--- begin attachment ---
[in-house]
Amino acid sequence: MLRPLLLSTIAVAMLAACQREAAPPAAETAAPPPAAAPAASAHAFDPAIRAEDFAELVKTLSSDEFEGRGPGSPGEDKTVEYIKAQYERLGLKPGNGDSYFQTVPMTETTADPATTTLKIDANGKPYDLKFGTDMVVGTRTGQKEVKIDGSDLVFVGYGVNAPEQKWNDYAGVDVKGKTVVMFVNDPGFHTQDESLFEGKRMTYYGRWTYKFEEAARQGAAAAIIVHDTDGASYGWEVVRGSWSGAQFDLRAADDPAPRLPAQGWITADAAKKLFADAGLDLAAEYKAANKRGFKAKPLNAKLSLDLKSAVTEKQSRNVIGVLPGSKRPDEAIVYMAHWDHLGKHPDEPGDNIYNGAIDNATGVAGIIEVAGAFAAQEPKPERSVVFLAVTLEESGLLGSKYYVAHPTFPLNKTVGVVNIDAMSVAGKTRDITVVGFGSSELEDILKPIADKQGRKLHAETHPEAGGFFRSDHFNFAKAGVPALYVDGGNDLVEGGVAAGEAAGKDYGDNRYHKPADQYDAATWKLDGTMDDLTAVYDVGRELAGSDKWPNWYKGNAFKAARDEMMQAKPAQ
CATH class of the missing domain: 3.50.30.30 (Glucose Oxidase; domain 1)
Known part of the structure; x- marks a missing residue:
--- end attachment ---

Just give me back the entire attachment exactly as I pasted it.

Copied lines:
[in-house]
Amino acid sequence: MLRPLLLSTIAVAMLAACQREAAPPAAETAAPPPAAAPAASAHAFDPAIRAEDFAELVKTLSSDEFEGRGPGSPGEDKTVEYIKAQYERLGLKPGNGDSYFQTVPMTETTADPATTTLKIDANGKPYDLKFGTDMVVGTRTGQKEVKIDGSDLVFVGYGVNAPEQKWNDYAGVDVKGKTVVMFVNDPGFHTQDESLFEGKRMTYYGRWTYKFEEAARQGAAAAIIVHDTDGASYGWEVVRGSWSGAQFDLRAADDPAPRLPAQGWITADAAKKLFADAGLDLAAEYKAANKRGFKAKPLNAKLSLDLKSAVTEKQSRNVIGVLPGSKRPDEAIVYMAHWDHLGKHPDEPGDNIYNGAIDNATGVAGIIEVAGAFAAQEPKPERSVVFLAVTLEESGLLGSKYYVAHPTFPLNKTVGVVNIDAMSVAGKTRDITVVGFGSSELEDILKPIADKQGRKLHAETHPEAGGFFRSDHFNFAKAGVPALYVDGGNDLVEGGVAAGEAAGKDYGDNRYHKPADQYDAATWKLDGTMDDLTAVYDVGRELAGSDKWPNWYKGNAFKAARDEMMQAKPAQ
CATH class of the missing domain: 3.50.30.30 (Glucose Oxidase; domain 1)
Known part of the structure; x- marks a missing residue: